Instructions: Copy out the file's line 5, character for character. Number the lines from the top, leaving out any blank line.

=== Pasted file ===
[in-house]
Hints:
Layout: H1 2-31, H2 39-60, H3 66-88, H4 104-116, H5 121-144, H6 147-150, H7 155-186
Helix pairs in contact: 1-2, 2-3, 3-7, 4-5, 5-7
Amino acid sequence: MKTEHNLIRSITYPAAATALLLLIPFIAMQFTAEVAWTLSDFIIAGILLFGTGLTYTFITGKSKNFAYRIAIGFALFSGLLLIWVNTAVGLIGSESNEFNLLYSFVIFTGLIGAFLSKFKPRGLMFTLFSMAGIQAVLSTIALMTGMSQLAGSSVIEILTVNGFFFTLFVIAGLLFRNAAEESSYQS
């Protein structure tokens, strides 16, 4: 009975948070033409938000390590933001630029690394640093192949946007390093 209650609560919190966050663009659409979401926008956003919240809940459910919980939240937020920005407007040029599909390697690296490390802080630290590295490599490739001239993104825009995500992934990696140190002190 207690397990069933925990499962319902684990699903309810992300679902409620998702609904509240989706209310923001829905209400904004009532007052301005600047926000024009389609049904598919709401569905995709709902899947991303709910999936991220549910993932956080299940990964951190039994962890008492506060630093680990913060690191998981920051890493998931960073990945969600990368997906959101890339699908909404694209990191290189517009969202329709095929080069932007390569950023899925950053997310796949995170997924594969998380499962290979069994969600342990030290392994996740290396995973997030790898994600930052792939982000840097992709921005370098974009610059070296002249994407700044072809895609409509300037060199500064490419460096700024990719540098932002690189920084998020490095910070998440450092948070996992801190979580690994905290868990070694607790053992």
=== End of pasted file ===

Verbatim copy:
Amino acid sequence: MKTEHNLIRSITYPAAATALLLLIPFIAMQFTAEVAWTLSDFIIAGILLFGTGLTYTFITGKSKNFAYRIAIGFALFSGLLLIWVNTAVGLIGSESNEFNLLYSFVIFTGLIGAFLSKFKPRGLMFTLFSMAGIQAVLSTIALMTGMSQLAGSSVIEILTVNGFFFTLFVIAGLLFRNAAEESSYQS